UPDATED 11/8/13 to reflect new date for Owl House event.
They say breakfast is the most important meal of the day, and its clear-cut identity, one that typically involves perfectly cooked eggs, fluffy pancakes, and crisp bacon, might be the reason it's the only meal with actual, devoted fans. Take Ed Schram, for instance. "I love breakfast," says Schram, who recently demonstrated his affection for traditional morning food by opening Harvest Café with his son Andrew, who owns the nearby Nathaniel's Pub. Now Corn Hill-billies like myself have a neighborhood spot at which to fuel up for the busy day ahead, or just grab a latte to go and watch the wandering river.
It was while helping out Andrew at Nathaniel's that the coffee-loving Schram noticed a dearth of good joe in the area, and when New Taj Indian Cuisine closed in Corn Hill Landing, the Schrams decided to fill that niche. "Fresh, fresh, fresh" is how Chef Drew Greenfield describes the offerings at Harvest Café, which opens its doors at 6 a.m. to serve what Schram calls "a little bit of an upscale breakfast." That means such options as customizable egg dishes (organic, cage-free eggs are available), whole-grain waffles, brioche French toast, housemade sausage, and various Benedict preparations. Oh, and cookie-dough pancakes, lest things get too highbrow.
- PHOTO BY MARK CHAMBERLIN
- Ghirardelli Chocolate Raspberry Waffles from Corn Hill Landing's Harvest Cafe.
- PHOTO BY MARK CHAMBERLIN
- A Harvest Cristo sandwich from Harvest Cafe.
Named in honor of Schram's farmer parents, Harvest Café also serves lunch, with the midday meal receiving the same attention to detail as the morning one. Roasted chicken and vegetable consommé is the signature soup, while the sandwiches include a ratatouille meat-loaf burger ($11); an Ultimate Grilled Cheese featuring sharp cheddar, Muenster, crumbled blue, and fresh mozzarella; and The Colonial ($8), with smoked turkey breast, cucumbers, Swiss, greens, and fresh raspberry chutney on multigrain bread. There are salads, too, made with locally sourced ingredients whenever possible; I'm actually writing this between bites of my takeout Orchard Salad ($8), which mingles peppery arugula, tart green apple, bright mandarin orange, crunchy candied walnuts, and earthy goat cheese, all kissed with apple-cider vinaigrette.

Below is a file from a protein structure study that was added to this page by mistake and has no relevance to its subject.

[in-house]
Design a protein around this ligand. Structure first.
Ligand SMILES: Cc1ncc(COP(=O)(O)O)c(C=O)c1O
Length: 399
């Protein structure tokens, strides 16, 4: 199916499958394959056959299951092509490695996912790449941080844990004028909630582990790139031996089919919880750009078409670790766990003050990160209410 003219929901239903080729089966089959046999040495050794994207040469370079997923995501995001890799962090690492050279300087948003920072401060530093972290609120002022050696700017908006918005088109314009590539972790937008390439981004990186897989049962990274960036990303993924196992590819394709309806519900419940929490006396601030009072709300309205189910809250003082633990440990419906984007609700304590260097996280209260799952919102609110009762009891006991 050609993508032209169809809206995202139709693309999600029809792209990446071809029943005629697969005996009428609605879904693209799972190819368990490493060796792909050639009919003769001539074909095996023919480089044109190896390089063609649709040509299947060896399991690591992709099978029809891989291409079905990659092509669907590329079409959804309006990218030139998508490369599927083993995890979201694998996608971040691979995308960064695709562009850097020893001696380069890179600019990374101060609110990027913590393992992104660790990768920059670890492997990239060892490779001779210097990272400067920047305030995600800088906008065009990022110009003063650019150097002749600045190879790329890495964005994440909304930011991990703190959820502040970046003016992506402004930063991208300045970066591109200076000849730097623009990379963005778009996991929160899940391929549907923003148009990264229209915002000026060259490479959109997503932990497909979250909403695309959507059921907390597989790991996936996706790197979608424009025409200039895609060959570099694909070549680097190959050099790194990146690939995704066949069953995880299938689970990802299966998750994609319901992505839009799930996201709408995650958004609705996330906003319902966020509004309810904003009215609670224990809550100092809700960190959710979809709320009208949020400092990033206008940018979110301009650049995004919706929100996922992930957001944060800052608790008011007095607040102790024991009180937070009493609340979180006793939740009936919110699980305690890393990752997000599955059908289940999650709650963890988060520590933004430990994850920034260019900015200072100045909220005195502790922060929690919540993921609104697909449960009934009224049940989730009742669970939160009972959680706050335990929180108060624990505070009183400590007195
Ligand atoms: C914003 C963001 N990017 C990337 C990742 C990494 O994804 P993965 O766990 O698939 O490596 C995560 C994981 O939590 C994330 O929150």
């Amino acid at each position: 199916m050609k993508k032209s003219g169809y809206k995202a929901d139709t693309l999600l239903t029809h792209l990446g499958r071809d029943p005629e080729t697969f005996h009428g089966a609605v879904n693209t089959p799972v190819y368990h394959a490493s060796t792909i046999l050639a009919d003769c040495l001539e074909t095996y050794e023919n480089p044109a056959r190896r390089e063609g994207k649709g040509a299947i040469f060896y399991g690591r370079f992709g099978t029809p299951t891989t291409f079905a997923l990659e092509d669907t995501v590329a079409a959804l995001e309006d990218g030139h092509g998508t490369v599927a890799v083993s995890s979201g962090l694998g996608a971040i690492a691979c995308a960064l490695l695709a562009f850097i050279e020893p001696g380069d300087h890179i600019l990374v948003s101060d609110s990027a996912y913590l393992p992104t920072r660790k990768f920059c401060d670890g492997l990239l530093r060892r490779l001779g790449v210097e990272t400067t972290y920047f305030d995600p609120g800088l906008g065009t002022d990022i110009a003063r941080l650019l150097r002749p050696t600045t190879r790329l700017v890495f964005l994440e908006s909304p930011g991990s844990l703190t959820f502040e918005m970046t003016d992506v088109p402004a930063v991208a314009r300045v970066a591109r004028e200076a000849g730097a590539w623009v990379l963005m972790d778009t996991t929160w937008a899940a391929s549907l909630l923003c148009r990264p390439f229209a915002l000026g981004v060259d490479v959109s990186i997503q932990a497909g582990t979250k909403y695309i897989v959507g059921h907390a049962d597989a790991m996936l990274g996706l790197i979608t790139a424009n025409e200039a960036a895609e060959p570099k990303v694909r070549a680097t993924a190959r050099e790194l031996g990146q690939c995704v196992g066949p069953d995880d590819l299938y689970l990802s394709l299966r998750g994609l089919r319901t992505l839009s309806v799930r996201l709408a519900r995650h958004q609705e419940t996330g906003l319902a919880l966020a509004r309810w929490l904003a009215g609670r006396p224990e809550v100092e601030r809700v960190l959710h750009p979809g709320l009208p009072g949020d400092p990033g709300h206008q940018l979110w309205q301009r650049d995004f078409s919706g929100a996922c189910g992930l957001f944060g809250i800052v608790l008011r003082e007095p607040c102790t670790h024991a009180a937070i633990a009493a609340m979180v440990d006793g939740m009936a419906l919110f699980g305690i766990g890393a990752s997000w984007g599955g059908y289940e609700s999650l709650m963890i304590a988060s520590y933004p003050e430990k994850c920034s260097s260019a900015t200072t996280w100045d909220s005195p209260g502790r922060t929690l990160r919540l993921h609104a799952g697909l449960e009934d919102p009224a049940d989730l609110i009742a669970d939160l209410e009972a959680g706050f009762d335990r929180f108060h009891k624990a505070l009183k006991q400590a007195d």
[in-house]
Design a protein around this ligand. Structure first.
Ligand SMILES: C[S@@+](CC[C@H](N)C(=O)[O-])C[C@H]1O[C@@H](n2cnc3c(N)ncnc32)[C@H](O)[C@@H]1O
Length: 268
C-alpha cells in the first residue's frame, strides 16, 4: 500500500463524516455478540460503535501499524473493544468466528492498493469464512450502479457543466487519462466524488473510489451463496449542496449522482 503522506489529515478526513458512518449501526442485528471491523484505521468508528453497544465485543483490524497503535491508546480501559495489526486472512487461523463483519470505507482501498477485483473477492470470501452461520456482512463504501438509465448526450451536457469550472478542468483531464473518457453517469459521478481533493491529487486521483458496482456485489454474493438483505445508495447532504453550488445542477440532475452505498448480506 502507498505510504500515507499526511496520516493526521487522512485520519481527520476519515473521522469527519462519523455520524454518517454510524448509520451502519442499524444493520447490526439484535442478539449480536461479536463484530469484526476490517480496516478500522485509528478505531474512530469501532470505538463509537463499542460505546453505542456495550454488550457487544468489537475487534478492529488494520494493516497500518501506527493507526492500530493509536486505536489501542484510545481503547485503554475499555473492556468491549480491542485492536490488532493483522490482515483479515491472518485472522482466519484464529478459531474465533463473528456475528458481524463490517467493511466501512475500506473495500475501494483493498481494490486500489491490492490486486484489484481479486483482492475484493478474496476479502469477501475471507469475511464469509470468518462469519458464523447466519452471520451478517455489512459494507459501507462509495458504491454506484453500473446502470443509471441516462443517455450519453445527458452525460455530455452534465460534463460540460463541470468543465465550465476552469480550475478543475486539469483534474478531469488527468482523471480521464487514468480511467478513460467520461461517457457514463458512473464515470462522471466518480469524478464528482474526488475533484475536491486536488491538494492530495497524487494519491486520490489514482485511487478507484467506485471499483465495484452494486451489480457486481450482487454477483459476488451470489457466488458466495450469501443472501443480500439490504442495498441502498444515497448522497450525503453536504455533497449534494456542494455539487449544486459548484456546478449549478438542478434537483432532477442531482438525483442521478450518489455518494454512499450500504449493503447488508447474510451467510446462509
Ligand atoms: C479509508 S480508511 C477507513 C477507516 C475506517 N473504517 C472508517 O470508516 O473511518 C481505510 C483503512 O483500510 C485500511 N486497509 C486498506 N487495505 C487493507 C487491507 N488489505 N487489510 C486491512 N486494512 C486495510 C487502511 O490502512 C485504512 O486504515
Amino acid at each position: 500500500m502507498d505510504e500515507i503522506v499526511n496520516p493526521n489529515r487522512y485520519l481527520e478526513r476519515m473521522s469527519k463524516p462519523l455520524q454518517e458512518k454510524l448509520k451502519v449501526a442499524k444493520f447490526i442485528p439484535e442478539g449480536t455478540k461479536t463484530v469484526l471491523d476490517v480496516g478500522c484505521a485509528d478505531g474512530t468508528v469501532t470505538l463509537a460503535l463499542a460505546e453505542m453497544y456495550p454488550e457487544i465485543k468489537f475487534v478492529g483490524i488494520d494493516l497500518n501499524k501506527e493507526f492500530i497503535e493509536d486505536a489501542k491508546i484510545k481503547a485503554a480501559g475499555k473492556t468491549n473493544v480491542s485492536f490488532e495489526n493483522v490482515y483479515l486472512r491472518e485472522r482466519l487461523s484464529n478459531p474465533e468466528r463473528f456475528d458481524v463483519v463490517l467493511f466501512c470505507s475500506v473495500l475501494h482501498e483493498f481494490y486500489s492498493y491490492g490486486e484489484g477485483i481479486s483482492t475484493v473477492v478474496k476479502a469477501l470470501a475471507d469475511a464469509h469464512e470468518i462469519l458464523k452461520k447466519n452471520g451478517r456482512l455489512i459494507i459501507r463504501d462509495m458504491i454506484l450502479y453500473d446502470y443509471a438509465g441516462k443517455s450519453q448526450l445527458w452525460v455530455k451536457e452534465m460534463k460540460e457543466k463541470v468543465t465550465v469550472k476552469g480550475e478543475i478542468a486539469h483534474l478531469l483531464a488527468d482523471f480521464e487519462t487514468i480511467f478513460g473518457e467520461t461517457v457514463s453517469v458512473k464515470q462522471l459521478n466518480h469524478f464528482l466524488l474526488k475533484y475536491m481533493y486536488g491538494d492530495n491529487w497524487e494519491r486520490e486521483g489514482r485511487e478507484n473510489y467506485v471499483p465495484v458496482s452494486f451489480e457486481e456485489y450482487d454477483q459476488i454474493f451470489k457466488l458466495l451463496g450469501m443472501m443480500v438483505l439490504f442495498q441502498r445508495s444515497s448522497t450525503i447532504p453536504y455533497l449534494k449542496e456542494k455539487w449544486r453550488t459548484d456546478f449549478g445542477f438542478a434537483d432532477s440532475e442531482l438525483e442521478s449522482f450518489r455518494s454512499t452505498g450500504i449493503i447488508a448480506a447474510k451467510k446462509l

Schram is particularly proud of Harvest Café's coffee, offered in the usual fusions but comprised of specific blends and grinds of Moak beans that Schram helped to create. Future plans for Harvest Café include extended hours and a liquor license, with an eye toward serving light dinners, desserts, and cocktails. Meanwhile, Schram and his staff are tweaking the restaurant mechanism and testing recipes. Says Chef Greenfield, "It's a fun process."
Harvest Café is located at 298 Exchange Blvd. in Corn Hill Landing. It is open daily 6 a.m.-3 p.m. Prices range from $3 to $13. For more information, call 730-4604 or visit harvest-cafe.com.